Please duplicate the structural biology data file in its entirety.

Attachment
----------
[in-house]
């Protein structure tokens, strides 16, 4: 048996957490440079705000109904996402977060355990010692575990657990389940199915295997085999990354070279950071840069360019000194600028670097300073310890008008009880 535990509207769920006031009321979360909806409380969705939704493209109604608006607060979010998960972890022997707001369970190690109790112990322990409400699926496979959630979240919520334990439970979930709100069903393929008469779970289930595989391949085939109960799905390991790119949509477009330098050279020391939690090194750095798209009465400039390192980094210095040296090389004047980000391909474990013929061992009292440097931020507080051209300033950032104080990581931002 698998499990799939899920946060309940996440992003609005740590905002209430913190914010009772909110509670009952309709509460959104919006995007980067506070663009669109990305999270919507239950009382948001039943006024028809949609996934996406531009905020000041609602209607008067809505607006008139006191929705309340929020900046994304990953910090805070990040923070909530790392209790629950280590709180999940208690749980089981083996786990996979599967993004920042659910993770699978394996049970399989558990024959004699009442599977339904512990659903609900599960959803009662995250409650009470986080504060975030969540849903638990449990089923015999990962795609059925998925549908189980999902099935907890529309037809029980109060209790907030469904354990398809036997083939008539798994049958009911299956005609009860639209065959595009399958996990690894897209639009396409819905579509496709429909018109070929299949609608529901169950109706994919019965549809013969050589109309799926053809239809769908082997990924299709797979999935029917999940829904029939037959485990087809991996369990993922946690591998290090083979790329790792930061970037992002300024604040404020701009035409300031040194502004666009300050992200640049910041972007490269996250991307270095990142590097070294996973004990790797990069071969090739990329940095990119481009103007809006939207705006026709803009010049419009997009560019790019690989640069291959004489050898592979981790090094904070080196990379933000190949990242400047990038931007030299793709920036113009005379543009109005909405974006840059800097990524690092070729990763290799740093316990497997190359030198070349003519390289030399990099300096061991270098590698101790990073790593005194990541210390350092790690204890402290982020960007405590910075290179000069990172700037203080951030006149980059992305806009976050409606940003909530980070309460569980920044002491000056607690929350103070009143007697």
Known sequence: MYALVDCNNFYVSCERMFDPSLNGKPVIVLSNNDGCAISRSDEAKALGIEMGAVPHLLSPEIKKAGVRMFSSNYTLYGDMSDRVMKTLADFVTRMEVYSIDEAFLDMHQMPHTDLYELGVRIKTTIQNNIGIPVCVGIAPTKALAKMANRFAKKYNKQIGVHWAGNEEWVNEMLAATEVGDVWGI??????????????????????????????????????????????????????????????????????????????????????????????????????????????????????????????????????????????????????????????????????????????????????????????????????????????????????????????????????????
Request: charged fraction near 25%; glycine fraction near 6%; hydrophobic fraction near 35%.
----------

[in-house]
């Protein structure tokens, strides 16, 4: 048996957490440079705000109904996402977060355990010692575990657990389940199915295997085999990354070279950071840069360019000194600028670097300073310890008008009880 535990509207769920006031009321979360909806409380969705939704493209109604608006607060979010998960972890022997707001369970190690109790112990322990409400699926496979959630979240919520334990439970979930709100069903393929008469779970289930595989391949085939109960799905390991790119949509477009330098050279020391939690090194750095798209009465400039390192980094210095040296090389004047980000391909474990013929061992009292440097931020507080051209300033950032104080990581931002 698998499990799939899920946060309940996440992003609005740590905002209430913190914010009772909110509670009952309709509460959104919006995007980067506070663009669109990305999270919507239950009382948001039943006024028809949609996934996406531009905020000041609602209607008067809505607006008139006191929705309340929020900046994304990953910090805070990040923070909530790392209790629950280590709180999940208690749980089981083996786990996979599967993004920042659910993770699978394996049970399989558990024959004699009442599977339904512990659903609900599960959803009662995250409650009470986080504060975030969540849903638990449990089923015999990962795609059925998925549908189980999902099935907890529309037809029980109060209790907030469904354990398809036997083939008539798994049958009911299956005609009860639209065959595009399958996990690894897209639009396409819905579509496709429909018109070929299949609608529901169950109706994919019965549809013969050589109309799926053809239809769908082997990924299709797979999935029917999940829904029939037959485990087809991996369990993922946690591998290090083979790329790792930061970037992002300024604040404020701009035409300031040194502004666009300050992200640049910041972007490269996250991307270095990142590097070294996973004990790797990069071969090739990329940095990119481009103007809006939207705006026709803009010049419009997009560019790019690989640069291959004489050898592979981790090094904070080196990379933000190949990242400047990038931007030299793709920036113009005379543009109005909405974006840059800097990524690092070729990763290799740093316990497997190359030198070349003519390289030399990099300096061991270098590698101790990073790593005194990541210390350092790690204890402290982020960007405590910075290179000069990172700037203080951030006149980059992305806009976050409606940003909530980070309460569980920044002491000056607690929350103070009143007697």
Known sequence: MYALVDCNNFYVSCERMFDPSLNGKPVIVLSNNDGCAISRSDEAKALGIEMGAVPHLLSPEIKKAGVRMFSSNYTLYGDMSDRVMKTLADFVTRMEVYSIDEAFLDMHQMPHTDLYELGVRIKTTIQNNIGIPVCVGIAPTKALAKMANRFAKKYNKQIGVHWAGNEEWVNEMLAATEVGDVWGI??????????????????????????????????????????????????????????????????????????????????????????????????????????????????????????????????????????????????????????????????????????????????????????????????????????????????????????????????????????
Request: charged fraction near 25%; glycine fraction near 6%; hydrophobic fraction near 35%.